Sports Hernia | Sport Hernia Treatment | IMPACT Physical Therapy

Sports Hernia

A sports hernia, also called athletic pubalgia, isn’t the typical hernia many would think of. A hernia usually references when soft tissue or part of an organ protrudes outside its cavity, however, sports hernias are when there is an injury that either strains or tears a muscle, tendon, or ligament in the deep abdominal wall. In this case, no abdominal contents are protruding. Learn more about sports hernias, and how to get rid of a hernia with IMPACT Physical Therapy. 


What Causes Sports Hernias?

Sports hernias are caused by repetitive and/or explosive motions like twisting, turning, and kicking that can be seen in sports like track, soccer, hockey, football, and rugby. While most commonly seen in these sports, these injuries can occur in other ways as well, such as intense or unsafe abdominal exercises. 

What Does A Sports Hernia Feel Like?

Sports hernias can often be felt as either chronic or sharp groin pain when performing certain actions, such as: 

  • Running
  • Sprinting
  • Pivoting 
  • Kicking
  • Twisting
  • Performing abdominal sit-ups
  • Coughing or sneezing

Pain can radiate to the inner thigh and is often isolated to one side of the groin. Tenderness may also be experienced when the lower abdomen is touched or has pressure applied. However, while at rest or sleeping, you will feel little to no pain.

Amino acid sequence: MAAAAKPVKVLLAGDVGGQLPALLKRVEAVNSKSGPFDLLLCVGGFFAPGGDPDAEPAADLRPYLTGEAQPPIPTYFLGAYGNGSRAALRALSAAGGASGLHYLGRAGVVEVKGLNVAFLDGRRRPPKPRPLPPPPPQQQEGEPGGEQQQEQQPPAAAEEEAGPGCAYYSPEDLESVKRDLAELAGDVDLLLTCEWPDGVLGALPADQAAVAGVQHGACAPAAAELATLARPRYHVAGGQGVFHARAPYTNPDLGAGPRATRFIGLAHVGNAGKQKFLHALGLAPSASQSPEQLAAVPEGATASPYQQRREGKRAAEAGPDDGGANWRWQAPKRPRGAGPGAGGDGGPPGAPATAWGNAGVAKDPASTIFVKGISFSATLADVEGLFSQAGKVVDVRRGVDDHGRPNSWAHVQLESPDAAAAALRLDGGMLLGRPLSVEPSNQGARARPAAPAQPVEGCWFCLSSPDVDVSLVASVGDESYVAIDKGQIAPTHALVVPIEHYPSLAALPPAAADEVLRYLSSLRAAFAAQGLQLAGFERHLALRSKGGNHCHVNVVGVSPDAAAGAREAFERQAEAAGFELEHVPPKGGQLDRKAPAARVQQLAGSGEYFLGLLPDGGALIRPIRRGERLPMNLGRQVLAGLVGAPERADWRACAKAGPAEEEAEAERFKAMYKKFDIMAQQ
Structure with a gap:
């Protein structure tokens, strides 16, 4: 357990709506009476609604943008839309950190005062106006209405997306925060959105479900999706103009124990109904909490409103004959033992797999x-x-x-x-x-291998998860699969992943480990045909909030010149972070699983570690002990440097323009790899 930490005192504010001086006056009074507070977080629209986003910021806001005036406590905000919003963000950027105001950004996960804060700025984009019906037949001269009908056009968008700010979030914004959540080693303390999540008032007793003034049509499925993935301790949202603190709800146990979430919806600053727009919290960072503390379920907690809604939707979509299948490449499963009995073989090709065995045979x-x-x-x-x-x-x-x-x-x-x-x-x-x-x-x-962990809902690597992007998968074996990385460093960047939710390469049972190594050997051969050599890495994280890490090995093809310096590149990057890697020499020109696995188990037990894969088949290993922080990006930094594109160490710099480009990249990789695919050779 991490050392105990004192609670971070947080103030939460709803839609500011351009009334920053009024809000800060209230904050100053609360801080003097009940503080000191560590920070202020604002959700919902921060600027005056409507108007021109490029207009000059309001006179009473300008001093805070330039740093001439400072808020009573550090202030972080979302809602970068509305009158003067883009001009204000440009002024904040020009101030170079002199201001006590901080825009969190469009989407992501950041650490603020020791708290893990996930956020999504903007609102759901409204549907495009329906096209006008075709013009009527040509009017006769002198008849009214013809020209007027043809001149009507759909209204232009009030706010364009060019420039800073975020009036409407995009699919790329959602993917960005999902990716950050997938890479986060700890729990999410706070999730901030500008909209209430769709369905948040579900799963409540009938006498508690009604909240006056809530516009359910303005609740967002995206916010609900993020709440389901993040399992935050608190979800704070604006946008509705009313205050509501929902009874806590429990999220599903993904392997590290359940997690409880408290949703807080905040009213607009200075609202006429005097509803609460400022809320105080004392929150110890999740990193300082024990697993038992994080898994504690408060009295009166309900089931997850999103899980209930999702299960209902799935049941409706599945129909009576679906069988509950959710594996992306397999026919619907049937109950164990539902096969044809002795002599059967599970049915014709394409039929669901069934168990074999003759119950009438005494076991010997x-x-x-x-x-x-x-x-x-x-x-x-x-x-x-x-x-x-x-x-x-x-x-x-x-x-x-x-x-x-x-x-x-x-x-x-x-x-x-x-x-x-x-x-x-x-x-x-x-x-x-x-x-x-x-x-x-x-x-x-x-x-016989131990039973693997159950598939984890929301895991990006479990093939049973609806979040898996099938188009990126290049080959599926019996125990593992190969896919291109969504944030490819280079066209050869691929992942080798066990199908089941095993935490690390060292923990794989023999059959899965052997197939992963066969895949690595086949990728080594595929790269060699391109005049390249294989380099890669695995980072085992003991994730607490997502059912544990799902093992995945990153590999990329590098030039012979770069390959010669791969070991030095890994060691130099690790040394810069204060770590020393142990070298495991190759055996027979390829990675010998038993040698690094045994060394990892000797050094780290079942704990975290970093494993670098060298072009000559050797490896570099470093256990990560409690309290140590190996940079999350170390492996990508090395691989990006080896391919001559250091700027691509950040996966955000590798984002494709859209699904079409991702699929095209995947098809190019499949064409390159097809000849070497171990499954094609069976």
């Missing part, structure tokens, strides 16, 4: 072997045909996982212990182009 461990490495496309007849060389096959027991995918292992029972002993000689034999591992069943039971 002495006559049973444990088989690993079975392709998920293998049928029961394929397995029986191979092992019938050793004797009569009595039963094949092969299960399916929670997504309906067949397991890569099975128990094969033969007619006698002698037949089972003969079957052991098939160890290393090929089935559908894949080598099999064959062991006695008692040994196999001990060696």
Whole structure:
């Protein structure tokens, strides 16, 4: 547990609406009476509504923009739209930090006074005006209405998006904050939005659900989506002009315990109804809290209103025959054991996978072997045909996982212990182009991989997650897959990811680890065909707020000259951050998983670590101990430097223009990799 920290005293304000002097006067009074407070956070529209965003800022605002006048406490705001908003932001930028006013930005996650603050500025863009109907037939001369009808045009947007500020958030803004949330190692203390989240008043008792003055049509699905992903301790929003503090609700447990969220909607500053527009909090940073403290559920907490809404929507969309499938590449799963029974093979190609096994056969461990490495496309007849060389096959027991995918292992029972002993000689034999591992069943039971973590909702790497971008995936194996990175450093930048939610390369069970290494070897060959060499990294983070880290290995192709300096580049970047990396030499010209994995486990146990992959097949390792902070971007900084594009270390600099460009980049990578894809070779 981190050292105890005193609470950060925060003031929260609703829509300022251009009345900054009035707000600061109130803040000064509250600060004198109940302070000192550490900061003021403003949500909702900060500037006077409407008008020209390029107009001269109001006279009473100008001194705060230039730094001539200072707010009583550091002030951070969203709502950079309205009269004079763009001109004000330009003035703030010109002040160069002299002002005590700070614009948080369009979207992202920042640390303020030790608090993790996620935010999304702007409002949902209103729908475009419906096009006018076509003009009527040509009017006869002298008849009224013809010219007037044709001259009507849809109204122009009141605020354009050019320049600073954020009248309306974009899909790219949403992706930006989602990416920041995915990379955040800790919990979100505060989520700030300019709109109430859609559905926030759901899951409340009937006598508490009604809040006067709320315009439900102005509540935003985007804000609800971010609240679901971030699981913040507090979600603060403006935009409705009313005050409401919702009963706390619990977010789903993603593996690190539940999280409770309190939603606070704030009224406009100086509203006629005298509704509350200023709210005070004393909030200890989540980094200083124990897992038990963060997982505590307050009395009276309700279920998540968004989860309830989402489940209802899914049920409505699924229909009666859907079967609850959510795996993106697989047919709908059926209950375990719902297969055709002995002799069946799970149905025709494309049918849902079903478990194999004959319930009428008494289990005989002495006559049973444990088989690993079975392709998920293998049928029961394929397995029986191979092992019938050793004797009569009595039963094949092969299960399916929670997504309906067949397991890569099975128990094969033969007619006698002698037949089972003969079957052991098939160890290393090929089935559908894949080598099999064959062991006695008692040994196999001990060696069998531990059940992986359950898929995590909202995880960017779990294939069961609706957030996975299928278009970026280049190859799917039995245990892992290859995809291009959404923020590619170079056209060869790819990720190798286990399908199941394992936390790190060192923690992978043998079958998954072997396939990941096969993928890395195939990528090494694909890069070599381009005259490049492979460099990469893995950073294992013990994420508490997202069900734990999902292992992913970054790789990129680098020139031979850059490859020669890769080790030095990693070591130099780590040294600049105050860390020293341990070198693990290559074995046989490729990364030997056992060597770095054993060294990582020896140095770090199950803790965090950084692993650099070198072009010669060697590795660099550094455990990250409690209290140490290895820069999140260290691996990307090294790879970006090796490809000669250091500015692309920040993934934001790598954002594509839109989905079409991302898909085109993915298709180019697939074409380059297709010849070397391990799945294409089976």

How Is A Sports Hernia Diagnosed?

Your physical therapist will take a medical history that includes symptoms. After your history is taken, they will perform a physical exam to help locate where the injury is and its severity. This evaluation can include: 

  • Testing the motor strength of hip and thigh muscles
  • Testing range of motion
  • Palpation of the area of injury

If more tests are needed to confirm your diagnosis, a physician may order an MRI.

Creating a Sports Hernia Treatment Plan

Your physical therapist will use your assessment to create a custom sports hernia treatment plan that can help repair the injury and strengthen the muscles. This can include: 

  • Icing your injury with a pack for 20 minutes every 3 to 4 hours. 
  • Using NSAIDs under the direction of your doctor to reduce inflammation. 
  • Your physical therapist may introduce gentle stretching exercises for your hip and low back. 
  • Muscle retraining will teach you to activate or target the abdominal and hip muscles. 
  • Once the pain has subsided, additional abdominal strengthening exercises may be introduced. 
  • Manual therapy can be used to ease pain, improve range of motion, and increase flexibility.  
  • Sports drills will be added towards the end of your treatment plan to get your body prepared to return to previous sports or activities.
  • In some extreme cases, surgery may be required to repair torn ligaments. 

Learn How to Get Rid of a Hernia at IMPACT Physical Therapy

IMPACT Physical Therapy has multiple locations with experienced physical therapists to serve you. If you think you may have experienced a sports hernia injury, schedule an appointment and we’ll perform a detailed evaluation to diagnose your injury and create a complementary treatment plan. 


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This content is provided by the APTA

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